Greensboro, NC-- A couple told News 2 that they received a prize from Wal-Mart worth $150,000. When they called the number to claim the prize, the man on the other end demanded their banking information.
Susan and Terry Brown could use the money. Times are tight and a check landing on their doorstep would have been a dream come true.....turns out, too good to be true.
When Susan called the number to claim the prize, the man on the other end barely spoke English. He told her to deposit the check they sent in the letter worth $3,990. The caller also wanted their banking information. He said they needed to take out the proper taxes before they would be award the total prize of $150,000.
That was the red flag for Susan. She let News 2 know because she wanted others to beware that a potential scheme was disguising itself behind the Wal-Mart name, a place the Browns shop three times a week.
The North Carolina Attorney General's Office told News 2's Liz Crawford that counterfeit checks and sweepstakes schemes have been out there for a long time. Here are their tips to protect yourself:
AG's office: Counterfeit Checks
AG's office: Sweepstakes and Lotteries
A Wal-Mart representative told News 2 that they don't send prize checks to individuals. They also don't ask for personal and financial information like banking information or social security numbers.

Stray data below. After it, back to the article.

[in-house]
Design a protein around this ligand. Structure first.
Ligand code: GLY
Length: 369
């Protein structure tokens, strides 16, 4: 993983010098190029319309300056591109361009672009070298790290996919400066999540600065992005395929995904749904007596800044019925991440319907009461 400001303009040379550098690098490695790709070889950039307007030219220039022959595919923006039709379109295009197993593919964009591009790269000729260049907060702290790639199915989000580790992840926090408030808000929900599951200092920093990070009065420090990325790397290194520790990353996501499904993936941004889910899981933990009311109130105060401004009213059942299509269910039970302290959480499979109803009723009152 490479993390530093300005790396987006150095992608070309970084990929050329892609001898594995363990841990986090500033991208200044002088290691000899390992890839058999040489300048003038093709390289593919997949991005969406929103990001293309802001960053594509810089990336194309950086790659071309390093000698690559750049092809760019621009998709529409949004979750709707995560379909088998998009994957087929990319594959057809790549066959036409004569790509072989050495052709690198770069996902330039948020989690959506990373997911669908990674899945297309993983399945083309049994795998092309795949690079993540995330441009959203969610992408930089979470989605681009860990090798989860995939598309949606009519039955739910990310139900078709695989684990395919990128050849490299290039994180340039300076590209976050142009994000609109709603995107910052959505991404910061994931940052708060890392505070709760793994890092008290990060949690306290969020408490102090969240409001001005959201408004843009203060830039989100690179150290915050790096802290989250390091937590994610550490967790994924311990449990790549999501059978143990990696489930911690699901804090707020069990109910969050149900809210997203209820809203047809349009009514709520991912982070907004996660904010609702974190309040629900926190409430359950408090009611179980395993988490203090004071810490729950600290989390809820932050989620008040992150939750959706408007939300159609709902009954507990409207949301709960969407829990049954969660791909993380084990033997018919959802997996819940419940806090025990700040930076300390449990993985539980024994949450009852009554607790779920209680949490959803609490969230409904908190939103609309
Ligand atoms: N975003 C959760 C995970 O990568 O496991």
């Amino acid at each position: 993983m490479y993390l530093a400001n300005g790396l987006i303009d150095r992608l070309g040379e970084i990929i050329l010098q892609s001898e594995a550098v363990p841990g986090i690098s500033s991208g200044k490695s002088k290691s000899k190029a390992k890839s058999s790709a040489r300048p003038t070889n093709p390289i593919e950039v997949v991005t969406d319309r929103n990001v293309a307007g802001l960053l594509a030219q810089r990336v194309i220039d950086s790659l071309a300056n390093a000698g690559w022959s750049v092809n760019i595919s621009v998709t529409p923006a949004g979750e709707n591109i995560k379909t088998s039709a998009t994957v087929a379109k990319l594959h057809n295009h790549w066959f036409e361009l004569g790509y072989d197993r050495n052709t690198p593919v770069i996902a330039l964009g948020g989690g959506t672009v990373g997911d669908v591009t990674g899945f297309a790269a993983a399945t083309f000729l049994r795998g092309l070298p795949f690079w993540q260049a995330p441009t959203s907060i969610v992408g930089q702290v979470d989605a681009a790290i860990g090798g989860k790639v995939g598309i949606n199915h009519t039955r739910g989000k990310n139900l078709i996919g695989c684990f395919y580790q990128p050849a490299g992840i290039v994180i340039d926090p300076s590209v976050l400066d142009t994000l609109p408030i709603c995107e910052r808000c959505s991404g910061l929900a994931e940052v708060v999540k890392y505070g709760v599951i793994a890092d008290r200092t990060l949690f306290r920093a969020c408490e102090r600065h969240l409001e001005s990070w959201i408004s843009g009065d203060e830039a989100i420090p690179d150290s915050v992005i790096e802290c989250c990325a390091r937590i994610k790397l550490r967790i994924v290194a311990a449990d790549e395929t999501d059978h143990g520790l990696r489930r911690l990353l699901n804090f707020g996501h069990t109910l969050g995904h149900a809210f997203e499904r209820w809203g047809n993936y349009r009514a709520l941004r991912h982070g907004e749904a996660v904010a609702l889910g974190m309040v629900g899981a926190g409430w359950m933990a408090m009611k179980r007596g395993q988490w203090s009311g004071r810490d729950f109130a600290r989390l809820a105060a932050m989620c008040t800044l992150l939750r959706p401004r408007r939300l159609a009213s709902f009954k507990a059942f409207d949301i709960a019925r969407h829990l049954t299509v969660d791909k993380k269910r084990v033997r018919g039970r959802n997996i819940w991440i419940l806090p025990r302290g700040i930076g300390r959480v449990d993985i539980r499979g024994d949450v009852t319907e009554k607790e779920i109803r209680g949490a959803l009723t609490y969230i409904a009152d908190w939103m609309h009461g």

Wal-Mart asked News 2 to send them pictures of the documents the Browns received so they can get it over to the Wal-Mart legal team. They are alarmed that their name is associated with this circumstance.
WFMY News 2 asked the AG and the Guilford County Sheriff's Office why the people behind these schemes never get caught.
Here's what the AG's office told News 2:
Many of these scams originate in other countries like Canada, Jamaica, Costa Rica or Australia.
We work with federal and international law enforcement to try to bust the fraud rings that run these scams. We've also worked with banks and wire services to get them to spot victims before they deposit counterfeit checks or wire away their hard-earned money. But in most cases once a victim has lost his or her money, it can be very hard to get it back.
It's not unusual for scammers to share lists of victims, especially senior victims, with other scammers. Sometimes we see the same people fall victim to scams again and again.
We have speakers who travel across the state to educate consumers to keep them from losing their money to these scams in the first place. We've partnered with senior groups to hold Scam Jams across North Carolina to share useful tips on how to avoid telemarketing scams, risky investment schemes and identity theft.
If you receive bogus prize phone calls or checks be sure to inform the NC Attorney General's Office by calling their scam hotline: 1-877-566-7226 or 1-8775 (No Scam).
WFMY News 2, North Carolina Attorney General, Wal-Mart Media Relations